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‘The climate crisis is here’: Biden says storms prove Congress needs to pass his $3.5T budget

Democrats all the way up to President Biden are warning the worst is yet to come after Hurricane Ida flooded the northeast and killed at least 26, as they push for costly climate change measures. 

‘This is yet another reminder that extreme storms and the climate crisis are here,’ Biden said in an address on Hurricane Ida’s devastation. 

‘Floods are going to happen with increasing frequency,’ he continued. ‘For us, this isn’t about politics. Hurricane Ida didn’t care if you were a Democrat or Republican. This destruction is everywhere.’

Biden said that when the Senate returns to Washington he would direct them to pass the $3.5 trillion budget reconciliation plan as part of his ‘Build Back Better’ agenda.

‘Experiencing all this flooding in NYC right now and thinking about all the politicians who told me that pursuing a Green New Deal to adapt our nat’l infrastructure to climate change is ‘unrealistic’ & ‘too expensive.” Rep. Alexandria Ocasio-Cortez, N.Y., wrote on Twitter. ‘As if doing too little is the responsible, adult thing to do?’

‘Members of both parties engage in misleading rhetoric and funny math to convince the public we are addressing climate change more than we are – & that includes parts of the current infrastructure plan,’ Ocasio-Cortez said. ‘We need a Green New Deal now.’

‘Global warming is upon us not a coincidence,’ Sen. Chuck Schumer, N.Y., said in a press conference Thursday. ‘It’s going to get worse and worse and worse.’ The majority leader used the moment to push for the infrastructure deal and budget reconciliation plan making their way through Congress.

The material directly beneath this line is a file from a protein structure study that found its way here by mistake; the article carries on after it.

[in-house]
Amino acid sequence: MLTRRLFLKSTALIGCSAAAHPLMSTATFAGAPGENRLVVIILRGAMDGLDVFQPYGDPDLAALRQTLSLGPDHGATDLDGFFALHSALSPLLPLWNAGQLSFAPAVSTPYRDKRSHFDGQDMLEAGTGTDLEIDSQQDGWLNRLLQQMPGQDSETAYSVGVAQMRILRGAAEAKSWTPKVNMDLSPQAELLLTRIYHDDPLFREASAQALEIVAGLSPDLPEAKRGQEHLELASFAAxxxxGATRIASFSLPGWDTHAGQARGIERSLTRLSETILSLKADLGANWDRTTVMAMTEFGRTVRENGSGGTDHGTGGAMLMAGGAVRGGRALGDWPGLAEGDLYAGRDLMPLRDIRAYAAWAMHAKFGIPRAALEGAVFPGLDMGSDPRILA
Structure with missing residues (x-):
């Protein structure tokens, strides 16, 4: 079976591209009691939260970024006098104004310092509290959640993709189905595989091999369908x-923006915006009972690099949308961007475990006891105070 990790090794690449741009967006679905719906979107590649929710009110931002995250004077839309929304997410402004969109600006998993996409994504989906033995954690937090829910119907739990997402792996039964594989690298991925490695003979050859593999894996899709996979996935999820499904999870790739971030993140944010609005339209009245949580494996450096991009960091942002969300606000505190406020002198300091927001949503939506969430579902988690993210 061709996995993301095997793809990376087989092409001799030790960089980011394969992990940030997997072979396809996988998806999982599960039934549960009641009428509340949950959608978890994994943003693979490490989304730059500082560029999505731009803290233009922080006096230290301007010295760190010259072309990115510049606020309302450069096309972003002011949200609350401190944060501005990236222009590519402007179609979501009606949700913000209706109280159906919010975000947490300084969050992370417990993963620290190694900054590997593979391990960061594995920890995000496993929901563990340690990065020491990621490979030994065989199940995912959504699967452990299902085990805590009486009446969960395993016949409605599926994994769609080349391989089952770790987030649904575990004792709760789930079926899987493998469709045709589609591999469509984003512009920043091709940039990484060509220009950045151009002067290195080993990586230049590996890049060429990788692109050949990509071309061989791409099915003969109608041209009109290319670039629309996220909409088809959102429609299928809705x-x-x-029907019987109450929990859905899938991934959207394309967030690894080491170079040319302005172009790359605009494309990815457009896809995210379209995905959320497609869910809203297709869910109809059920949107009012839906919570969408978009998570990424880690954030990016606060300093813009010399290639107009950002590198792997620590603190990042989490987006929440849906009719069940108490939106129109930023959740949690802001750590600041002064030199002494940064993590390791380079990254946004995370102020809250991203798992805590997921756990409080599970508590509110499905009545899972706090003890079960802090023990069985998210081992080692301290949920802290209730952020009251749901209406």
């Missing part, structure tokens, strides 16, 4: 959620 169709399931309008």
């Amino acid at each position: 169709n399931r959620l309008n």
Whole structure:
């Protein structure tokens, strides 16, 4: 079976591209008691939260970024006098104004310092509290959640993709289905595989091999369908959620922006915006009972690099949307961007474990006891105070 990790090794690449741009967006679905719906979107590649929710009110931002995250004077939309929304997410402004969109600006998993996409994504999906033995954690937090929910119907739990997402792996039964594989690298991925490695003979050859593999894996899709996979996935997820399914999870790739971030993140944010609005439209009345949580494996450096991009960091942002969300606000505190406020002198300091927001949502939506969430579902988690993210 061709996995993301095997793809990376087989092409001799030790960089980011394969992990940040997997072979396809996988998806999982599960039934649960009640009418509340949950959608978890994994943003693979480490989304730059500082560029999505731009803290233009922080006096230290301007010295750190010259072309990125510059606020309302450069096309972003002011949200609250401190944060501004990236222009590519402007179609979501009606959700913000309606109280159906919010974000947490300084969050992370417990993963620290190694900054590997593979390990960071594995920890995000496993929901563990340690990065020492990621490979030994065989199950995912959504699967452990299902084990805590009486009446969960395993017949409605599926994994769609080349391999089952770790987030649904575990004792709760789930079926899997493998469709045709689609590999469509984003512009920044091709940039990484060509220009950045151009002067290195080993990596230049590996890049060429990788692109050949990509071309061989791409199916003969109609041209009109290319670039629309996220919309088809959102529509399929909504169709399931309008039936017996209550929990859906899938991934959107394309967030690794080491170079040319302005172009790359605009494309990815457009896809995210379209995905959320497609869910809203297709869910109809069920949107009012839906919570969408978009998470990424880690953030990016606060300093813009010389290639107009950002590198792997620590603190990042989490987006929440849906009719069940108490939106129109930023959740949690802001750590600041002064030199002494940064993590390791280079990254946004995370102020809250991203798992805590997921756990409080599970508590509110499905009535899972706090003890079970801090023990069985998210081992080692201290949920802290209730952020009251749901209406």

‘That’s why it’s so imperative to pass the two bills, the infrastructure bill and the budget reconciliation bill.’

‘Woe is us if we don’t recognize that these changes are due to climate change. Woe is us if we don’t do something soon,’ he said.

The $3.5 trillion budget plan, focused on ‘human infrastructure,’ would allocate almost $200 billion to be distributed by the Energy Committee, another $67 billion for Environment and Public Works and $135 billion for Agriculture, with a focus on reducing carbon emissions. The plan furthers President Biden’s agenda of a 50% reduction in emissions by 2030. 

The president, giving remarks on the hurricane, refused to take questions and turned his back on reporters again after he finished his address

QUEENS, NEW YORK CITY: People stand inside a subway station as water runs past their feet during flash flooding caused by storm Ida

QUEENS, NEW YORK CITY: People stand inside a subway station as water runs past their feet during flash flooding caused by storm Ida

NEW YORK CITY: Trains were seen being swamped with cascades of water in New York

NEW YORK CITY: Social media pictures showed subway stations completely flooded in New York City

NEW YORK CITY: Trains were seen being swamped with cascades of water, while subway stations were completely flooded

New York City Mayor Bill de Blasio said Wednesday night’s storm was the ‘biggest wakeup call’ to act on climate change. 

‘A horrifying storm unlike anything we’ve ever seen before… The brutality of storms now. It is different. This is the biggest wake up call we could ever get. We’re going to do a lot things differently and quickly.’

New York’s new governor Kathy Hochul said that ‘Because of climate change, unfortunately this is something we’re going to have to deal with with great regularity.’ 

‘Those saying we weren’t prepared for the climate crisis were right. Those saying Trump’s far-right appointees would overturn Roe v. Wade were right. Those saying Afghanistan would take decades and cost trillions of dollars were right. Trust organizers,’ Rep. Ilhan Omar, D-Minn., wrote on Twitter, also referring to a new Texas law banning abortion after 6 weeks and the US withdrawal out of Afghanistan. 

At least 26 people have been killed in the Northeast, including a family of three with a two-year-old boy who drowned in a New York City basement, after the tail-end of Hurricane Ida crept up on the tri-state area on Wednesday night bringing a month’s worth of rain in less than a day, flooding homes while people slept and tearing up parts of New Jersey with tornadoes.